Loyola School of Education awarded $3.3 million grant from U.S. Department of Education
| By Marcus Dean
Loyola’s School Counseling Program in the School of Education has been awarded a $3.3 million School-Based Mental Health Services Grant from the U.S. Department of Education.
The grant provides urgently needed resources to increase students’ access to school-based mental health services by increasing the number of qualified and culturally responsive mental health counselors working in K-12 schools.
The project, “Loyola University Maryland School Counseling Scholarship Program: Culturally Responsive and Inclusive School-Counselor Preparation (CRISP),” will increase high-quality mental health access for children and youth in Baltimore County Public Schools (BCPS) by improving the preparation and increasing diversity of school counselors who enter the workforce.
“I am excited that this grant centers evidence-based pedagogy to prepare school counselors with the skills, knowledge, and dispositions to effectively meet the mental health needs of today’s culturally diverse high school students,” said Cheryl Moore-Thomas, provost and vice president for Academic Affairs at Loyola University Maryland.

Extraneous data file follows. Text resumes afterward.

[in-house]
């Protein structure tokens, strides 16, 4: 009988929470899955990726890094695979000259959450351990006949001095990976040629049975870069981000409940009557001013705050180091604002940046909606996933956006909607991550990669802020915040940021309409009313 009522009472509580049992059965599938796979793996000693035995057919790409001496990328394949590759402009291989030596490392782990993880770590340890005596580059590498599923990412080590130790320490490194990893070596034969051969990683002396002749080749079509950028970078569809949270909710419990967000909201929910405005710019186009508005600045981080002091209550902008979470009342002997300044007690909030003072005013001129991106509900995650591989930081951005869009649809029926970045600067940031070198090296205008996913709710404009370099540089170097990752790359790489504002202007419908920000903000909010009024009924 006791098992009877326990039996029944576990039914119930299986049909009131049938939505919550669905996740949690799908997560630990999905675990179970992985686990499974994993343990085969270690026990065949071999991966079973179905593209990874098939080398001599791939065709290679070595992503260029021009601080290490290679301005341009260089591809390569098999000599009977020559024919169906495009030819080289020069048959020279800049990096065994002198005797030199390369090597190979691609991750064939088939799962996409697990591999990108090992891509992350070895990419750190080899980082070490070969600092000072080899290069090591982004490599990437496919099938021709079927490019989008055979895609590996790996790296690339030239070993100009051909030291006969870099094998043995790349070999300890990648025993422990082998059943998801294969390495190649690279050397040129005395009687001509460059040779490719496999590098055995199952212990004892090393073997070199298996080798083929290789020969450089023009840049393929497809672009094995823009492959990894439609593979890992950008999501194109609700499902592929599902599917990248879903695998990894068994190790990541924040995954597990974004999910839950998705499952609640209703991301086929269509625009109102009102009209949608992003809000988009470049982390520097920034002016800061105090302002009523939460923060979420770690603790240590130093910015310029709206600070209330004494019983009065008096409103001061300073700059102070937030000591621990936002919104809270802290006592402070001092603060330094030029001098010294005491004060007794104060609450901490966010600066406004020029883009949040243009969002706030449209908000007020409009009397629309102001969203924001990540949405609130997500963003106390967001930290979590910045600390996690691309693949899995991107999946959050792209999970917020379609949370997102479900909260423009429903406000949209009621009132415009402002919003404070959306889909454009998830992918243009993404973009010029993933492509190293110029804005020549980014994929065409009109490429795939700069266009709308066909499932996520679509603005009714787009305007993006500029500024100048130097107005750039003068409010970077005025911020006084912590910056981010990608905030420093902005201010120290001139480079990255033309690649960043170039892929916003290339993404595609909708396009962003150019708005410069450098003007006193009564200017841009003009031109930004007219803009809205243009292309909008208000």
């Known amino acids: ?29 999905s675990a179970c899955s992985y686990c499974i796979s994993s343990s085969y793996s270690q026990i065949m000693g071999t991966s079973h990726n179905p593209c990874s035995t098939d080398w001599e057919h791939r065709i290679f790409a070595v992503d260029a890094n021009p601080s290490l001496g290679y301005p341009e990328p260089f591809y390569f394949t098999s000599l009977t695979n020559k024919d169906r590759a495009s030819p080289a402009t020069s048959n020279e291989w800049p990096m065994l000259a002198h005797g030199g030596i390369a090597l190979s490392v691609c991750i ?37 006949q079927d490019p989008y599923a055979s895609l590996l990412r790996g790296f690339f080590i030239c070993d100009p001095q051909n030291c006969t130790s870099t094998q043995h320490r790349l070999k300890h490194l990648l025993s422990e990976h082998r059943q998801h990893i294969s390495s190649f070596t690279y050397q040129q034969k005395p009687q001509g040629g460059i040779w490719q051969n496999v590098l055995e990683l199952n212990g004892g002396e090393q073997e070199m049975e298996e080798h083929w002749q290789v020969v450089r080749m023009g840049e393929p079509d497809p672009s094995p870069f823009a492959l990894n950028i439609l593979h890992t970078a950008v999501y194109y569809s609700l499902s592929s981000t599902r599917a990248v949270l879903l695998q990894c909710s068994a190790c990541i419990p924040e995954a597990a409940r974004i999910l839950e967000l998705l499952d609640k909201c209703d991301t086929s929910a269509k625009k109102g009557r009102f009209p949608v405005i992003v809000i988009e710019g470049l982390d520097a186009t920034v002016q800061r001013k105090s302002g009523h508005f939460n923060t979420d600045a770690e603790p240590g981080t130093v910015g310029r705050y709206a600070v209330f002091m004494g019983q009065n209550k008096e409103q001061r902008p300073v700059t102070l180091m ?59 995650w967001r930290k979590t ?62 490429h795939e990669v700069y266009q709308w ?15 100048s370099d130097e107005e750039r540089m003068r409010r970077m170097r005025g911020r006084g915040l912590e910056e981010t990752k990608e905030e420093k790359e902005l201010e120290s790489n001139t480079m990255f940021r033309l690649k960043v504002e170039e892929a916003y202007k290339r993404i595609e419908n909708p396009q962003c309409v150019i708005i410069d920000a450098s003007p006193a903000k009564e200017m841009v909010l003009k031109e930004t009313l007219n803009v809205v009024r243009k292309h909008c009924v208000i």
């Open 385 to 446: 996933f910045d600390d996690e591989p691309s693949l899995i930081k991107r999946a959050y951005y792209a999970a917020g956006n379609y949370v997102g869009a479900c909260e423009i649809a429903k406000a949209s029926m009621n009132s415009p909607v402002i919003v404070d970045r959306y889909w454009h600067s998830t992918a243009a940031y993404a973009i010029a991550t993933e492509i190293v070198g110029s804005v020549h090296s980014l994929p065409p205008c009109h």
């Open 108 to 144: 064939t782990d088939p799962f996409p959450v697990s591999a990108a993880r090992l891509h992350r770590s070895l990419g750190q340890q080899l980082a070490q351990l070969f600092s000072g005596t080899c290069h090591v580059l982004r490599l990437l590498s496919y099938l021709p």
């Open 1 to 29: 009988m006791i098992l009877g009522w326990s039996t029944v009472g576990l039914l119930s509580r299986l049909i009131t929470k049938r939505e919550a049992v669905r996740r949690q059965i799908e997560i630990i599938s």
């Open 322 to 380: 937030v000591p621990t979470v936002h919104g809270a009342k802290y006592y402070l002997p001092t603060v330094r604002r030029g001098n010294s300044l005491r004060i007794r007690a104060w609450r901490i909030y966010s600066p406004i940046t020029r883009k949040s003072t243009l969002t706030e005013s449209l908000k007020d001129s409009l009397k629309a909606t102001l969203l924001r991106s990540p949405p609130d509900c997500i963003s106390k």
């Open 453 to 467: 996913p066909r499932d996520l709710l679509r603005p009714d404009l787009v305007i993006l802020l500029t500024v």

The 5-year collaborative grant will have a transformational impact on the School Counseling program, Loyola, and BCPS.
Jennifer Scaturo Watkinson, Ph.D., LCPC, associate professor of school counseling and the program director of Loyola’s School Counseling Program will lead the grant as Principal Investigator.
“This award gives us the opportunity to strengthen our master’s training program and invite candidates from diverse backgrounds into the profession,” Watkinson said. “I am extremely grateful and excited to work with my colleagues in the School Counseling Program and Baltimore County Public Schools.”
Qi Shi, Ph.D., LCPC, associate professor of school counseling and the director of the Center for Equity, Leadership, and Social Justice in Education will lead the evaluation of the grant.
“As the founding director of the Center for Equity, Leadership, and Social Justice in Education, I am deeply honored to lead the evaluation for this project funded through the Department of Education,” Shi said. “I am very excited to see the positive impact this award will bring to our students in Loyola’s School Counseling Program as well as K-12 students they are going to serve in high-need schools.”
Other objectives of the grant include:
- Increasing the School Counseling Program’s student diversity by December 2027.
- Strengthening preparation at the School Counseling Program in culturally responsive and inclusive counseling practices.
- Decreasing the student to counselor ratio in BCPS.